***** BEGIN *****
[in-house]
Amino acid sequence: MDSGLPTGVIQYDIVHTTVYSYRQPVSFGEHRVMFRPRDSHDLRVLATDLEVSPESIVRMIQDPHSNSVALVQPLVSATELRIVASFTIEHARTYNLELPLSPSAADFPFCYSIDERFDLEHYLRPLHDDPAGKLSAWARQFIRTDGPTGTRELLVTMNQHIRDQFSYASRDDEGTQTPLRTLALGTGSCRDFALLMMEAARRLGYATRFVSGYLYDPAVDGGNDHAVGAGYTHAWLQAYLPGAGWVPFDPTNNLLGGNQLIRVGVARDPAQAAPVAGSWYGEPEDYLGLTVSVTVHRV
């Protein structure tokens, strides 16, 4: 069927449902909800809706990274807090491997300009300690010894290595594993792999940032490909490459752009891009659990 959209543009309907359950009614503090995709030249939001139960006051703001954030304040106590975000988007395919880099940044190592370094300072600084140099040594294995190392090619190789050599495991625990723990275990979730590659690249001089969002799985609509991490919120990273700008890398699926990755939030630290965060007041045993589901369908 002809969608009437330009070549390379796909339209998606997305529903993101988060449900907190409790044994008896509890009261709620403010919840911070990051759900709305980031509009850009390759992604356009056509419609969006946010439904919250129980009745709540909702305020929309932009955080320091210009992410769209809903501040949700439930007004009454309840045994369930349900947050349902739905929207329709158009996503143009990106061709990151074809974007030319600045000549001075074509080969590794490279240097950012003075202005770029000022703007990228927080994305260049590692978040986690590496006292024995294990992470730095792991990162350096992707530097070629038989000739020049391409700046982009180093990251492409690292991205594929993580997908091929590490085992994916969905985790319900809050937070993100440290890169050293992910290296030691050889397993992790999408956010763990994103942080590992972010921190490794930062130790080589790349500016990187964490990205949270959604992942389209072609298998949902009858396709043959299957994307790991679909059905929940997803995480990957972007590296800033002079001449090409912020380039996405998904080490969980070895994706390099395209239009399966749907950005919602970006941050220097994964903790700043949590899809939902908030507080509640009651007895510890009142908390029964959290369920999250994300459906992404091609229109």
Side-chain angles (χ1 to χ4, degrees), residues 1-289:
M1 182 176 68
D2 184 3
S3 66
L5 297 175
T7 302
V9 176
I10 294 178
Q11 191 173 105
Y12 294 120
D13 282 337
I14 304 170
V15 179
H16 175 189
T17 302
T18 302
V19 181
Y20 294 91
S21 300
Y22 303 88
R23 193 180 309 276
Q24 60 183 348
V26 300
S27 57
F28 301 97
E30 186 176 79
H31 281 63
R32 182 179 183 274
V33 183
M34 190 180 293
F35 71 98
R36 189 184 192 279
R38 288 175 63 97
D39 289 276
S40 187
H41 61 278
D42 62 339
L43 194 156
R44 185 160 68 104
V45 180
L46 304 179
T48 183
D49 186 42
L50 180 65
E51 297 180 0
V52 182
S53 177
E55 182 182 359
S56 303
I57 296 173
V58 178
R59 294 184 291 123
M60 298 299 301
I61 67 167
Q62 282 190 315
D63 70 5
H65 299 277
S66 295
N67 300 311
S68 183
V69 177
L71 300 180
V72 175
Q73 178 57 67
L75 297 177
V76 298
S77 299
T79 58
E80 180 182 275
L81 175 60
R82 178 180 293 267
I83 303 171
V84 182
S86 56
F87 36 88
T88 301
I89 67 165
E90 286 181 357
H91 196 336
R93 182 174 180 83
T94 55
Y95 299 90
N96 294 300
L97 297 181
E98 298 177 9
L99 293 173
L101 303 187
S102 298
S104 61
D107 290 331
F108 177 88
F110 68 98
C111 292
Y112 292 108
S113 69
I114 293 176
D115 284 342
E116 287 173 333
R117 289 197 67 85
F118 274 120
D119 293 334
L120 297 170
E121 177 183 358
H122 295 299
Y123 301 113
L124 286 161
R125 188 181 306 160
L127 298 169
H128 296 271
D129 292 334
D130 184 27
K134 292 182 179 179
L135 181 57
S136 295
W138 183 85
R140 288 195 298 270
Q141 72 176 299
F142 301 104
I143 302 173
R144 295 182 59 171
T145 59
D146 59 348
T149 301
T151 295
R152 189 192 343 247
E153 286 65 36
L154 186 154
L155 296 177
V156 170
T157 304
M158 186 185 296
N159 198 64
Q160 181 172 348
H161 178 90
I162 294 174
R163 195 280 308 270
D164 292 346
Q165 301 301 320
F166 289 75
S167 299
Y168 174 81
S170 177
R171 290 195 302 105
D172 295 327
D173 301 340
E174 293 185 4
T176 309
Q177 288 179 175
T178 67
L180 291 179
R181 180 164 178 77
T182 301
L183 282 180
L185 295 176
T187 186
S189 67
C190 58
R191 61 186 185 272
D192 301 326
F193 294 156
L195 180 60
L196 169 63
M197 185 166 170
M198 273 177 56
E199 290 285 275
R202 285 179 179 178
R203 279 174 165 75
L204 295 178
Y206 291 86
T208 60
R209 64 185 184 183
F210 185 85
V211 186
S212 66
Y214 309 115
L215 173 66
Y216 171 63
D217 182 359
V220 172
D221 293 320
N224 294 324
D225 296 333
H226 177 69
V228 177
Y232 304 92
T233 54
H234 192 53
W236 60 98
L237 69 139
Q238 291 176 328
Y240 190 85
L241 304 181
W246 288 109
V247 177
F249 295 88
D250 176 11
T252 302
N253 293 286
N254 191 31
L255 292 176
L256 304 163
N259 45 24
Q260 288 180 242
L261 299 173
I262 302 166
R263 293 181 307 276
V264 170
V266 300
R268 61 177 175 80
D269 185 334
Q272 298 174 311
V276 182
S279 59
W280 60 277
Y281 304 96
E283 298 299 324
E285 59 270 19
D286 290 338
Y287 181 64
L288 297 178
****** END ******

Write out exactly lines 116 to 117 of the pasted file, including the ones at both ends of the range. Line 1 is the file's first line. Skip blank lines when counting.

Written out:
L135 181 57
S136 295